Certain ideas can be so powerful, so beautiful, that merely thinking about them can bring one to grateful tears. Of course, in order for tears to fall, the mind that thinks about those powerful ideas must be open to their ability to unleash unbounded gratitude. Gratitude for, not gratitude to. Simple, but overwhelming, appreciation for the mere fact that an idea can be embraced by an understanding mind.
Zen in its essence
is the art of seeing
into the nature of one’s being,
and it points the way
from bondage to freedom.
~ D. T. Suzuki ~
Zen is not a thing. It is an idea—an idea whose foundation is beauty and serenity and receptivity to an environment in which peace resides comfortably. But I am not a practitioner of Zen; I am only an observer. So my concept of Zen may be radically different from those who are more deeply engaged in the simple complexity of Zen Buddhism. There is room in the universe for enormously divergent ideas, yet no room for hatred. Hatred, though, muscles its way into consciousness by strangling tolerance and leaving it struggling to survive. Love—the kind that carries with it the broad, overwhelmingly powerful enchantment with everything—is the only idea or emotion or experience that can overpower hatred. Unfortunately, conquering hatred does not occur automatically. It requires active engagement and support—too often missing in this tiny pocket of time we occupy.
reach the depth of the source.
cannot compare to this source!
Sitting alone in a great silence,
even though the heavens turn
and the earth is upset,
you will not even wink.
~ Nyogen Senzaki ~
Peace, at all costs. At ALL costs? No matter that the costs might be war or famine or abject, unending poverty? The war to end all wars. Such a dream. A naive, hopeful, gullible dream. Yet there are those among us whose naiveté and hope and willingness to believe in the possibility of everlasting peace may one day be the sparks to achieve the unachievable. Their willingness to believe the unbelievable may be the only true salvation—saving us from ourselves.
Even with the fuel of two espressos, I remain uncertain about whether I have the brainpower to think as deeply as I desire. Actually, I am certain; that amount of brainpower has always eluded me. Yet I want to think into being the ONE solution that will solve every problem. The single answer to every question. The impossibly simple explanation that will untangle all the world’s confusion, past and present and future. I do not have to be the one who thinks into being that solution; I would be delighted for anyone to think into existence that all-inclusive answer to every troubling question. Even if the thinker were someone I hold in pure, unmitigated contempt—I want that someone to think into reality the ideal environment in which unending joy replaces endless misery. That is not asking for too much, is it?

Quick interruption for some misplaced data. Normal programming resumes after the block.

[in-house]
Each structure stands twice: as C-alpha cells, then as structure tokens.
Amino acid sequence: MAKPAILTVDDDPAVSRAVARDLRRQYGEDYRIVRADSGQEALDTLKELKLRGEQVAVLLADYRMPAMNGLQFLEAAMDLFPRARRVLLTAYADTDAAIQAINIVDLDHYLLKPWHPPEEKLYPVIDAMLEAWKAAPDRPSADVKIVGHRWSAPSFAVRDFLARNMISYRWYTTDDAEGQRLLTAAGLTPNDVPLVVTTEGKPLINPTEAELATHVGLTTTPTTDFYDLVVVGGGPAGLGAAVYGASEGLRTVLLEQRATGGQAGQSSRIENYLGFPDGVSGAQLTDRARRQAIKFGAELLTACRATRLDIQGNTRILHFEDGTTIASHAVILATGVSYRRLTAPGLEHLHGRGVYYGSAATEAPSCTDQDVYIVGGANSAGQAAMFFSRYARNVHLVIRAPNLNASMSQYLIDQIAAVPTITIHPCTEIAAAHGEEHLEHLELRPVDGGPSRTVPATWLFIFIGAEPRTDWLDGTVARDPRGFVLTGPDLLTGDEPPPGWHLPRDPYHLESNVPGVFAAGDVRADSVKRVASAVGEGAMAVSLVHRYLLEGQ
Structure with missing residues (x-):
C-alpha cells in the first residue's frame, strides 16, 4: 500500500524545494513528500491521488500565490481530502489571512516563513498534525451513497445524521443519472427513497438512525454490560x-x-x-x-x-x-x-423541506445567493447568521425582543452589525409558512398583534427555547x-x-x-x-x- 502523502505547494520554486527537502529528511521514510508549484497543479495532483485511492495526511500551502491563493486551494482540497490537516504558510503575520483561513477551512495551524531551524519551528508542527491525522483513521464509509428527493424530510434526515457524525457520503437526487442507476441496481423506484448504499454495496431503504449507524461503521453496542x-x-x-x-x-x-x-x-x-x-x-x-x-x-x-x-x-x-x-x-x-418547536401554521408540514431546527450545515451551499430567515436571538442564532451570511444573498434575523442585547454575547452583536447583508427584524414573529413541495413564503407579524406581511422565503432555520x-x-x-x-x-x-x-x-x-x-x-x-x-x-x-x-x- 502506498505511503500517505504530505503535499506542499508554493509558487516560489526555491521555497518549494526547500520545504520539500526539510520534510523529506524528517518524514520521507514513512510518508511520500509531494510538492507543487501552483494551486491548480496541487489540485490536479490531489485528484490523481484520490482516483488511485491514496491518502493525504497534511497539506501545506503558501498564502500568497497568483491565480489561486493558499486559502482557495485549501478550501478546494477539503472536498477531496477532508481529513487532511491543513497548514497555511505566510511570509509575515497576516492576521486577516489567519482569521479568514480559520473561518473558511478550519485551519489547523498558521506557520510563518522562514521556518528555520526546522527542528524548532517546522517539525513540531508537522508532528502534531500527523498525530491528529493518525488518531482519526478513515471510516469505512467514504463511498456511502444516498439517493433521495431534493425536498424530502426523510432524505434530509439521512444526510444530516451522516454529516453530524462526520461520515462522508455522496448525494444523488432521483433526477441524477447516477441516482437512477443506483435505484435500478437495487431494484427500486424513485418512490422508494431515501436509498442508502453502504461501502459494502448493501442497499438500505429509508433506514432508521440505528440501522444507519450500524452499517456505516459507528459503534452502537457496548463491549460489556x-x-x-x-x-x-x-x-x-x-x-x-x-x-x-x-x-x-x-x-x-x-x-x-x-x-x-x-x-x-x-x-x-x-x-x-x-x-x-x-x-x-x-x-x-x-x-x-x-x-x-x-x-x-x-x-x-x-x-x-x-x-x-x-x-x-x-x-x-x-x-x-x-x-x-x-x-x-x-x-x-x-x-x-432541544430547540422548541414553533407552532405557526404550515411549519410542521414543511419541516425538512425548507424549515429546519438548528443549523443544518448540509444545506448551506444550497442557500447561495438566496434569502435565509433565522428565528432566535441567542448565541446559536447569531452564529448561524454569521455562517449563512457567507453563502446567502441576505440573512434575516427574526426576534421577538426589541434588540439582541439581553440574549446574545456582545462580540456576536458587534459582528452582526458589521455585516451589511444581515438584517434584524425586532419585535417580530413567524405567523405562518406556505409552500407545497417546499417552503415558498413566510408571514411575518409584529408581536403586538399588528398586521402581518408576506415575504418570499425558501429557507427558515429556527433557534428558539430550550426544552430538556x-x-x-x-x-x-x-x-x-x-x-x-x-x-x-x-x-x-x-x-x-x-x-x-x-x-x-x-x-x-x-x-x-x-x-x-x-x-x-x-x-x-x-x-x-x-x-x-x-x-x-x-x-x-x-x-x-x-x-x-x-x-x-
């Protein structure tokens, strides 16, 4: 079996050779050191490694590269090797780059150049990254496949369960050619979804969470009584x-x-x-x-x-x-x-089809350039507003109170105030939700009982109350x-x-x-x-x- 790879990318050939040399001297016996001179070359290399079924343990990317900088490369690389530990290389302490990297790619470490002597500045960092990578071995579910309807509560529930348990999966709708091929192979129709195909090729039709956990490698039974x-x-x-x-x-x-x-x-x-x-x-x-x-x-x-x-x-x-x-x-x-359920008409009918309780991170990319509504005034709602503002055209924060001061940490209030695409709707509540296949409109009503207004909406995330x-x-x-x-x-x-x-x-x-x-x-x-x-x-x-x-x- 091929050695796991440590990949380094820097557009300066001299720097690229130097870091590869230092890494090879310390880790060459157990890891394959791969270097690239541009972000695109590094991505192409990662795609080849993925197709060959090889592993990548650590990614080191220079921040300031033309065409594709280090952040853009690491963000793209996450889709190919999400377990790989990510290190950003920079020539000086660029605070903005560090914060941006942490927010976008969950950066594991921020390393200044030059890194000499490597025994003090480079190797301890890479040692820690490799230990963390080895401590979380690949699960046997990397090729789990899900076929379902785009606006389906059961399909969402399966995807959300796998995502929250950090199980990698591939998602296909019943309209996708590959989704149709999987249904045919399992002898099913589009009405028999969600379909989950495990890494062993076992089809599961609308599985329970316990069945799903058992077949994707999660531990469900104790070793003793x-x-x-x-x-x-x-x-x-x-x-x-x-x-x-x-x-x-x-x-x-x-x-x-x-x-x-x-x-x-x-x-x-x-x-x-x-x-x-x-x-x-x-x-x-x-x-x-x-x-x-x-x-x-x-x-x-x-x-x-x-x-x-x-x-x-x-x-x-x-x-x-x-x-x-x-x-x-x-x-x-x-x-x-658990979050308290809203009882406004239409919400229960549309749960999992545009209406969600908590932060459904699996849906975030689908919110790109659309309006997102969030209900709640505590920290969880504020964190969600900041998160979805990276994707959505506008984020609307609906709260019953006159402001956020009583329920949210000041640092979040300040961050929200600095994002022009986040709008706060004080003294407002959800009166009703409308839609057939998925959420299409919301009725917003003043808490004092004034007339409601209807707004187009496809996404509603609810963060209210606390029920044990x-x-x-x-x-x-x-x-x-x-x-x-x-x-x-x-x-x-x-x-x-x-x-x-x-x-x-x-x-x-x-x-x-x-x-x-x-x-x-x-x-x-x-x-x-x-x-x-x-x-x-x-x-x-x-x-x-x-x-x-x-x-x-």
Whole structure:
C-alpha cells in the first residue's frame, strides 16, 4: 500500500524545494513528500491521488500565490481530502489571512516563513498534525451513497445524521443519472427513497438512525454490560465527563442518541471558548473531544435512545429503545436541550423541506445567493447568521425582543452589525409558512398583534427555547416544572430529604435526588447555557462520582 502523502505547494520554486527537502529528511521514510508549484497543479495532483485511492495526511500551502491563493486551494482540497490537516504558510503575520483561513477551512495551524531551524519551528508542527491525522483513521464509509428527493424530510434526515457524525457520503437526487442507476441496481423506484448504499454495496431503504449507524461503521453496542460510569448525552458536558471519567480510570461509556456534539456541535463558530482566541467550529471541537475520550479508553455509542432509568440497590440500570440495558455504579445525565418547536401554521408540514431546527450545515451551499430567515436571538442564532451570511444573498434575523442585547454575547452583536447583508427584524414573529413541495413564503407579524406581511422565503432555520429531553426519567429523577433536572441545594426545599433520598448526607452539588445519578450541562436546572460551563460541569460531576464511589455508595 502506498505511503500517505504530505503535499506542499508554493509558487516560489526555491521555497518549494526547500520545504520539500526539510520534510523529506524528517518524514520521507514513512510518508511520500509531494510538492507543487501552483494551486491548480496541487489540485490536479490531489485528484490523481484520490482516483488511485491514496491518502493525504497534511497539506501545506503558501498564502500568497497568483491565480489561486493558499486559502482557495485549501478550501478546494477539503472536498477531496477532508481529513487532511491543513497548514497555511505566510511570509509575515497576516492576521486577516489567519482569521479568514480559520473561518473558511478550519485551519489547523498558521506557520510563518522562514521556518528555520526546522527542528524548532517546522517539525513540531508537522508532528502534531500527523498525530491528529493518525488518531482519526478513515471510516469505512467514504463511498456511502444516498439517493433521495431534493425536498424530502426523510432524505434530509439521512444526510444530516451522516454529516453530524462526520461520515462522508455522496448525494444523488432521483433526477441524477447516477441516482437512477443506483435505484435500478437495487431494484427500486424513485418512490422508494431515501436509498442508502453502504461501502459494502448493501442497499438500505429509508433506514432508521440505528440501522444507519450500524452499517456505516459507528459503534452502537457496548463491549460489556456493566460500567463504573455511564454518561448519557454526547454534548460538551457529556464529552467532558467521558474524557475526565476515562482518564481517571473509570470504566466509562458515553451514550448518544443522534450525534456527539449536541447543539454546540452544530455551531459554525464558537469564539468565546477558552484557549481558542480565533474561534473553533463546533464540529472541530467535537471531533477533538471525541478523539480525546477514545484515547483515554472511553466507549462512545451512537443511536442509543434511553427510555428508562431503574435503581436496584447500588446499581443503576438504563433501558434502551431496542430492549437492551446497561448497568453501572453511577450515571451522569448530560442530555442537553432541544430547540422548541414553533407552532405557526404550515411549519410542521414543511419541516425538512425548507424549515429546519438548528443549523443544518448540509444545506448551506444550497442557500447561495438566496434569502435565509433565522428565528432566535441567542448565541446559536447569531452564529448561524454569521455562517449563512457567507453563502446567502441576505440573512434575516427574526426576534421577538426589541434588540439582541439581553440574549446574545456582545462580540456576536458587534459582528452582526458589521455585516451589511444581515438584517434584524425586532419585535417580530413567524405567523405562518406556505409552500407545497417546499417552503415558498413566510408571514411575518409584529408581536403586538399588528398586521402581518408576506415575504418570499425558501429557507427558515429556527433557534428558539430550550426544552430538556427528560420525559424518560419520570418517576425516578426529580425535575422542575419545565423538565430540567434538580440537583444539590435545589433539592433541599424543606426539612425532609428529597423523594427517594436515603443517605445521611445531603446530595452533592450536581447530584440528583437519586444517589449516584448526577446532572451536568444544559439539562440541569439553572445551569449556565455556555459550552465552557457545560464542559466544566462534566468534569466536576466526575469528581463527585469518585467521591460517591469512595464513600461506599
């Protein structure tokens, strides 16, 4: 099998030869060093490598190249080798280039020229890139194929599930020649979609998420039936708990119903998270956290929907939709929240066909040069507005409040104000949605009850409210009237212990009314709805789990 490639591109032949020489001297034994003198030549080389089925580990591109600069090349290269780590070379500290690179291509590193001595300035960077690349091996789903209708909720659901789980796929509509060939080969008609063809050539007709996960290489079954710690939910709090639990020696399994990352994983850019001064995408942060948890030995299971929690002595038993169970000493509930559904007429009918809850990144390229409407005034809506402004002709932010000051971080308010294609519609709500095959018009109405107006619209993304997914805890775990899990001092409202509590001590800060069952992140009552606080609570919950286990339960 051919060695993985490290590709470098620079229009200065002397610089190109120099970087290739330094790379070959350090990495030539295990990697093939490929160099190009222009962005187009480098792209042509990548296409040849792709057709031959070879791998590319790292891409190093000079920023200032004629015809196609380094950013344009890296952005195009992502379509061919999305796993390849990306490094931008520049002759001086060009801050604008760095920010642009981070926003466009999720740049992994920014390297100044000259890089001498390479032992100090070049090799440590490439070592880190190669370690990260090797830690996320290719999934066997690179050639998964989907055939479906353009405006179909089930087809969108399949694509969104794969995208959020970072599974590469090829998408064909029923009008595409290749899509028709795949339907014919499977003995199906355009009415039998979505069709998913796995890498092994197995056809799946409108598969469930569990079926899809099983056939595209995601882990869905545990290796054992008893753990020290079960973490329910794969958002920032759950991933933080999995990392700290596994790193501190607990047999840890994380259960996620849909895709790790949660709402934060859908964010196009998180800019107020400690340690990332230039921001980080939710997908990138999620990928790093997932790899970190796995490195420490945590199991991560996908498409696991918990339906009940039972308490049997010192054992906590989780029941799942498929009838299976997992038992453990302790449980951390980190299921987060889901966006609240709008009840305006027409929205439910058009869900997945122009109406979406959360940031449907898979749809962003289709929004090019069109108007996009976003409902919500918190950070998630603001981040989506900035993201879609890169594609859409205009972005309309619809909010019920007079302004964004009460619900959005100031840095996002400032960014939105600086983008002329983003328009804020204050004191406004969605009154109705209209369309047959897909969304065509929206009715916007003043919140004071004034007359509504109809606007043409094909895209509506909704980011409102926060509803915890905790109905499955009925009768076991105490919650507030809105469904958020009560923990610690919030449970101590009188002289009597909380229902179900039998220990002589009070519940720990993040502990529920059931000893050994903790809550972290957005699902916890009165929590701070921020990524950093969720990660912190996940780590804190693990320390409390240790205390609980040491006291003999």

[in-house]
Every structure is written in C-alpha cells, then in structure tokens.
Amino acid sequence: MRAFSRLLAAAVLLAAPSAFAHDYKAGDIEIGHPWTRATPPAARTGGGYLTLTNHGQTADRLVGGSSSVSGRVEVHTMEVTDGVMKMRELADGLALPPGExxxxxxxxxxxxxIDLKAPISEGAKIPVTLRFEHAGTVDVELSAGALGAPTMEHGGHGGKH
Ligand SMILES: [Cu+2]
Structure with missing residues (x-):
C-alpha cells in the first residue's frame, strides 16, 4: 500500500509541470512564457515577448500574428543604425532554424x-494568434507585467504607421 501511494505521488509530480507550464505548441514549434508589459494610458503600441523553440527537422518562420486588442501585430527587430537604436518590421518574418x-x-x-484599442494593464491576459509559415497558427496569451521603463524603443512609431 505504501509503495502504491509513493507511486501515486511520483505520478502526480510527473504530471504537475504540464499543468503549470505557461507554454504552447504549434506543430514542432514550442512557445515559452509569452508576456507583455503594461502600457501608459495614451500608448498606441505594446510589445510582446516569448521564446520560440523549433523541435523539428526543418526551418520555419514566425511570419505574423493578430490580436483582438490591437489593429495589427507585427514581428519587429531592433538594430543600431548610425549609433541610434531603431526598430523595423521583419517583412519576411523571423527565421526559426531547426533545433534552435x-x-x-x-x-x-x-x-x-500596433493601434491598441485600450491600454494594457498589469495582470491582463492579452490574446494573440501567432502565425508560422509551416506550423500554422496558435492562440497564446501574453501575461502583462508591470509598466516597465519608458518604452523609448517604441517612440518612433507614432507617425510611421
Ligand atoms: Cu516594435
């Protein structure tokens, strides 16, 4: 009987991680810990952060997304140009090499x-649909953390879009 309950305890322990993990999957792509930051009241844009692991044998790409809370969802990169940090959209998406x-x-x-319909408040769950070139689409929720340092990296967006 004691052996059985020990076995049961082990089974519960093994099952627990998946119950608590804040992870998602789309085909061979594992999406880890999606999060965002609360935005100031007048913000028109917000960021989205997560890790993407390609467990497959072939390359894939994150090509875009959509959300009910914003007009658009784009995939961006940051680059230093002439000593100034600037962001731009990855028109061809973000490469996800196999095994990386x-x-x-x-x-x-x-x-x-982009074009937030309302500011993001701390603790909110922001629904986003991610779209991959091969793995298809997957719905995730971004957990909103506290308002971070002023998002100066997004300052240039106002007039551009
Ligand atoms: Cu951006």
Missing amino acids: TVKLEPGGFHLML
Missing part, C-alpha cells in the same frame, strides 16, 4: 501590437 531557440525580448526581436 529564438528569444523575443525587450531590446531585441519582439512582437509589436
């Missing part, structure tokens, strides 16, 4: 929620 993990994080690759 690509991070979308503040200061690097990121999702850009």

The Christmas season—which has not yet begun, but which one could never tell by looking around at all the decorations—will never again be the celebratory period it once was. My wife died just six days before Christmas. Since that time, I have felt myself spiral downward for a month or so before that awful anniversary, lasting for a month after. Even during that period of depression, though, there are many times when happiness breaks through the fog of grief. But that fog remains; not as thick, perhaps, but there it is. I am eternally grateful to mi novia, who comforts me and demonstrates her love, even when I am at a low point. I am grateful to return that love. Yet that comfort can feel like a double-edged blade. Eventually, time may dull the sharp edges that visit me every day; especially the ones that slice into me at certain predictable moments. Time will tell, perhaps.
It is late, already 8. I have been dragging lately. Dragging more and more. Even caffeine seems to have no appreciable impact on my energy level. Could be age, I guess. How in the hell did I ever get to this advanced age? It’s a miracle or a curse.